MenB May Linger on Campus After an Outbreak

Meningococcal serogroup B under-vaccinations limit herd immunity protection

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According to a new study, when dealing with university-based meningococcal serogroup B  (MenB) outbreaks, it is difficult to predict if or when additional cases may occur. 

In some MenB ‘outbreaks’ on campuses, cases occurred over a prolonged period of time. 

According to this 10-campus study, outbreaks ranged from 0 to 376 days in duration. 

And, additional MenB cases occurred mainly among unvaccinated students. 

This study highlights the importance of MenB vaccination since 10 to 15 percent of meningitis B patients ultimately die from an infection. 

This study’s authors identify under-vaccinations as a cause of not developing ‘herd protection’ following an outbreak. 

‘Decisions about whether, when, and how to offer a MenB vaccine during an outbreak remain challenging and should be tailored to the unique epidemiology of each outbreak.’ 

‘At the same time as vaccination discussions begin, appropriate chemoprophylaxis, enhanced case detection, and communication efforts should be promptly initiated.’ 

‘Efforts are underway to better understand MenB vaccine effectiveness and duration of protection, MenB vaccine strain coverage, and current risk factors for meningococcal disease among university students.'

‘This information, along with lessons learned when implementing MenB vaccination campaigns, could help guide and improve university responses to future outbreaks.’ 

These researchers said ‘it is difficult to determine whether university-based outbreaks have increased in frequency in recent years, as reporting of outbreaks to CDC has historically been incomplete and disease surveillance began collecting data only in 2015.' 

The good news is outbreaks of meningococcal disease are rare in the United States. In fact, only about 2 to 3 out of every 100 cases are related to outbreaks, says the CDC.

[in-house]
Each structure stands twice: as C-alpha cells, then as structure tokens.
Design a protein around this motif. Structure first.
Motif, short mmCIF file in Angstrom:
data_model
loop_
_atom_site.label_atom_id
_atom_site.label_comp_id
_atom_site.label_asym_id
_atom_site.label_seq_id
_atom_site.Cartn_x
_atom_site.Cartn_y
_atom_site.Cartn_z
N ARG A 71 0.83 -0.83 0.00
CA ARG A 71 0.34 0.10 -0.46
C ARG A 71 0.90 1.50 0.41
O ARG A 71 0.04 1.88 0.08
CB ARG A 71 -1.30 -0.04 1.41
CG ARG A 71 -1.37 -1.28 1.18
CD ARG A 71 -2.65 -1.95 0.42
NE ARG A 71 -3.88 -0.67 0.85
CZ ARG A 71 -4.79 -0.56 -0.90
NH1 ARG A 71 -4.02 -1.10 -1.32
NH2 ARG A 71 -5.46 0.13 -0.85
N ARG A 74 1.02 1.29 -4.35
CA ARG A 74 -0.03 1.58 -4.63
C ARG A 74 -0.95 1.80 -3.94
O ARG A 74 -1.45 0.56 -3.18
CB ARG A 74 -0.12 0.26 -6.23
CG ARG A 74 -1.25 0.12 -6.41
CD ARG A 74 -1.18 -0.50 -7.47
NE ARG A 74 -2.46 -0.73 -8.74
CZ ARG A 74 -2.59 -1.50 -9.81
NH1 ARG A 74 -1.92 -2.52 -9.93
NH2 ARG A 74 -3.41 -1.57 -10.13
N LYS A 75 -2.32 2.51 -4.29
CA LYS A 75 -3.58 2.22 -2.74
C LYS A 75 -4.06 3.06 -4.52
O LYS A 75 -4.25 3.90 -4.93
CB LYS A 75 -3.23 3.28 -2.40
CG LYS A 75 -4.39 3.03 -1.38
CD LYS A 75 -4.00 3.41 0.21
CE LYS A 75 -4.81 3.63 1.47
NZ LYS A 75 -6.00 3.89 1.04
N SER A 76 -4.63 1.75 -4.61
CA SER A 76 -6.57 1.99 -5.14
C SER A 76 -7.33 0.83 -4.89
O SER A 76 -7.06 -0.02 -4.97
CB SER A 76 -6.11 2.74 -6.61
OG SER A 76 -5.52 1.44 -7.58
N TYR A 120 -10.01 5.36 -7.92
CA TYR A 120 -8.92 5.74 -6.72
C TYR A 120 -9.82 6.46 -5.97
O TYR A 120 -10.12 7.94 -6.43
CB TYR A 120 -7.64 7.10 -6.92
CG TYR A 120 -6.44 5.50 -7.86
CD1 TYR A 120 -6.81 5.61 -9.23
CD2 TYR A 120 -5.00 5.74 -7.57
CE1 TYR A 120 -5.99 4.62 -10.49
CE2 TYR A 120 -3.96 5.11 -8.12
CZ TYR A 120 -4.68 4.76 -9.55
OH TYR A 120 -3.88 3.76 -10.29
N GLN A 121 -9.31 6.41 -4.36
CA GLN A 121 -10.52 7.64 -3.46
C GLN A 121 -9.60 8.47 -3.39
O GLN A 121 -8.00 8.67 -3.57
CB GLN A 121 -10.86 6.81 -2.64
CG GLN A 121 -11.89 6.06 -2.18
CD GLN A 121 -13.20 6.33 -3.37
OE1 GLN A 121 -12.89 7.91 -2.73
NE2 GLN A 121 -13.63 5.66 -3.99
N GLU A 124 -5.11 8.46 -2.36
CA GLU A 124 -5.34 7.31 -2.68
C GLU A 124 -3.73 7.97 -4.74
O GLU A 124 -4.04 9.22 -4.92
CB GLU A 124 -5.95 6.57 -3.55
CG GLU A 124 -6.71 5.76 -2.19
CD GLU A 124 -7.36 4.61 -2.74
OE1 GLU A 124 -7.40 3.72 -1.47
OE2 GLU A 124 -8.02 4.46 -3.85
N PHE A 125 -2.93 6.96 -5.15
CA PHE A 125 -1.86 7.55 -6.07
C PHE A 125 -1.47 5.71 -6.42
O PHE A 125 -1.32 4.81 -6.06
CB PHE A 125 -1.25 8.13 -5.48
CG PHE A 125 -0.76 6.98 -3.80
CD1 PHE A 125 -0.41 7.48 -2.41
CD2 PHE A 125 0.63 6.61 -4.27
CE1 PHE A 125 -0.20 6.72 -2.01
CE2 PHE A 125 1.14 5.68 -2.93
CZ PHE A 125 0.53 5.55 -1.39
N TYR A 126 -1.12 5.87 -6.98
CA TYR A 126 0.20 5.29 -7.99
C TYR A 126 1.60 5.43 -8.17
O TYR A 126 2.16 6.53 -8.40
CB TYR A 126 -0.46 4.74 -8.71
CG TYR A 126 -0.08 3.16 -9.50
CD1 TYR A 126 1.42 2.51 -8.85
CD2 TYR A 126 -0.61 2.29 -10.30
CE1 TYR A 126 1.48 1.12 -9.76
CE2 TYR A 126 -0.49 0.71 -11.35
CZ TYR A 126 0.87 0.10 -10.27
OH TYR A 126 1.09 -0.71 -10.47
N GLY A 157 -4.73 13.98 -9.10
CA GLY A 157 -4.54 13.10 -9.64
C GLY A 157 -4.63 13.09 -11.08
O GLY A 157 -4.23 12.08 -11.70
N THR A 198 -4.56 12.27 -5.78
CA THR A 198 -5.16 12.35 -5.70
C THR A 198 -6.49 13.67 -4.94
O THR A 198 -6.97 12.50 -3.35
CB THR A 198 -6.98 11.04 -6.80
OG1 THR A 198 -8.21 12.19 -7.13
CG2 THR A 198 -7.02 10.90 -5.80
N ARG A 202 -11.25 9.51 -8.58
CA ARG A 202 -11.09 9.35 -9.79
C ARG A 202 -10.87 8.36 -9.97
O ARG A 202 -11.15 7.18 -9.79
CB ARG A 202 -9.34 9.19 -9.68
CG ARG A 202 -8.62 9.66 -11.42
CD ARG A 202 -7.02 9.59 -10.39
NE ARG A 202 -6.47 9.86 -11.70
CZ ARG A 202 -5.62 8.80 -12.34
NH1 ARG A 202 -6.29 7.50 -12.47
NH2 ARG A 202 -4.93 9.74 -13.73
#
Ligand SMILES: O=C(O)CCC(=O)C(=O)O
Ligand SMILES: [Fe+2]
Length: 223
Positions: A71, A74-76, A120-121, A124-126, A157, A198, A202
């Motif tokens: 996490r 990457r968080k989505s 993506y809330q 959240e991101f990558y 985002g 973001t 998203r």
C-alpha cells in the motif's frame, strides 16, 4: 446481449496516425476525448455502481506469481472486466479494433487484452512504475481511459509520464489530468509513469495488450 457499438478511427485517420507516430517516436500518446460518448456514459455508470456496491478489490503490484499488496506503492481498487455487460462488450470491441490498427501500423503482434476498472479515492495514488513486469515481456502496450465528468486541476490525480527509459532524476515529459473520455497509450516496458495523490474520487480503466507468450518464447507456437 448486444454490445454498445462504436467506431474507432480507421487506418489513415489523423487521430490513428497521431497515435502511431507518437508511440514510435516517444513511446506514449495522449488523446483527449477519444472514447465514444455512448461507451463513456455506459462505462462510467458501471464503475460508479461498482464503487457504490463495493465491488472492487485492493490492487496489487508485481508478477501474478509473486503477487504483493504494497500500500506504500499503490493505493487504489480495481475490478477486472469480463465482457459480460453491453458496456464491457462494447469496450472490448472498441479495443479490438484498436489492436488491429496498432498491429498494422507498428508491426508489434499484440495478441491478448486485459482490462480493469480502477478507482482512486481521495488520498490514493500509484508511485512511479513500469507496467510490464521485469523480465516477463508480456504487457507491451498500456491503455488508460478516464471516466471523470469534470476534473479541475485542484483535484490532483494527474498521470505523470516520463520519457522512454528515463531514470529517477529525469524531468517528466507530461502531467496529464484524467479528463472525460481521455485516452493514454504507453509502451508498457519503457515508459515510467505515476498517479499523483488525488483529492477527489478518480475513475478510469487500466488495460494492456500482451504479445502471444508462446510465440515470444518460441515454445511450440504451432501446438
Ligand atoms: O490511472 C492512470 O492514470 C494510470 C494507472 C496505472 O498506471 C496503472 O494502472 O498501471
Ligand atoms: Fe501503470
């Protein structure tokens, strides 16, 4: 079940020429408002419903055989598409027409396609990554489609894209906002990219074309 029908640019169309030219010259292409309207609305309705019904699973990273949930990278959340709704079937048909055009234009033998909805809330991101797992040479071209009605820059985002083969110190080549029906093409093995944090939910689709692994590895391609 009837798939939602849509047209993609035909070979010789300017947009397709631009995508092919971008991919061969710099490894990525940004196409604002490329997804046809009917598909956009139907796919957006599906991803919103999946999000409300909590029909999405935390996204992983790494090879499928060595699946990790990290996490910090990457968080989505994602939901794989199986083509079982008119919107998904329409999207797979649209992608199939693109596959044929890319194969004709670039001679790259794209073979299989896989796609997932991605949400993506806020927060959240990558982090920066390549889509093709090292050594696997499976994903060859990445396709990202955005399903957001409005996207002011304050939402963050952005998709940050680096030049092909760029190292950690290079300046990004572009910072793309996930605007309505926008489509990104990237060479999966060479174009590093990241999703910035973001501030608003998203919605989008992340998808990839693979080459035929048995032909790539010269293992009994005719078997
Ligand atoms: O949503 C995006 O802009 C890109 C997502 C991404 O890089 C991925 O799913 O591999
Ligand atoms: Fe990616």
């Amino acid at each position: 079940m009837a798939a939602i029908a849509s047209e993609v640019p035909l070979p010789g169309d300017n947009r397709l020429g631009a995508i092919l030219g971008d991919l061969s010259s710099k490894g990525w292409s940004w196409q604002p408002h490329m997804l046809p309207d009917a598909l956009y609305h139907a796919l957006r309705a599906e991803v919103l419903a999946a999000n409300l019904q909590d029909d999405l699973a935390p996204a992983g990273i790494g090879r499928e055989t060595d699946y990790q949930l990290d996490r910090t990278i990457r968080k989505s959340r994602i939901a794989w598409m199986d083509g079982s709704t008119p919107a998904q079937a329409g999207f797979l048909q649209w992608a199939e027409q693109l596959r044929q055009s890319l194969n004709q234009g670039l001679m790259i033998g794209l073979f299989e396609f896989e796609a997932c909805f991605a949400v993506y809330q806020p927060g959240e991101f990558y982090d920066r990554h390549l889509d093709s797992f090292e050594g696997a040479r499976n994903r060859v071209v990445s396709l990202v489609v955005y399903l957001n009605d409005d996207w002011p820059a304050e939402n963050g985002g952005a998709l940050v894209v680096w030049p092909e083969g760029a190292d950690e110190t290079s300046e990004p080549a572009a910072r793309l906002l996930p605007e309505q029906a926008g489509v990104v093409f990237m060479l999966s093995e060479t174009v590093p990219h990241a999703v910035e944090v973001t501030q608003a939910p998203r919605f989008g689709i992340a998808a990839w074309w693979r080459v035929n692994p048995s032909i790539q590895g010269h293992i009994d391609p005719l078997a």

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Meningococcal disease is found worldwide, with the highest incidence of disease found in the ‘meningitis belt’ of sub-Saharan Africa. In this region, major epidemics occur every 5 to 12 years with attack rates reaching 1,000 cases per 100,000 population. 

In the meningitis belt, serogroup A has historically accounted for 90% of meningococcal disease cases and the majority of large-scale epidemics. 

Separately, a January 2019 analysis confirmed long-standing fears about meningitis B outbreaks at a university. 

These investigators found that students who were aged between 18 to 24 were 3.5 times more likely to contract MenB than their peers who were not attending college. 

This is important news since ‘one-third of meningitis infections occur among young Americans aged 16 to 23’, says the Centers for Disease Control and Prevention (CDC). 

The CDC reported during 2016, there was a total of about 370 cases of all forms of meningococcal disease across all age groups in the United States. 

Two serogroup B meningococcal vaccines — Bexsero® and Trumenba® — have been licensed by the US Food and Drug Administration. 

MenB vaccines can help prevent meningococcal disease caused by serogroup B. Other meningococcal vaccines are recommended to help protect against serogroups A, C, W, and Y. 

These vaccines are recommended routinely for people 10 years or older who are at increased risk for serogroup B meningococcal infections. 

All 10 universities in this study used MenB-FHbp and 7 or MenB-4C vaccines.

Author affiliations: Centers for Disease Control and Prevention, Atlanta, Georgia. No conflicts of interest were reported.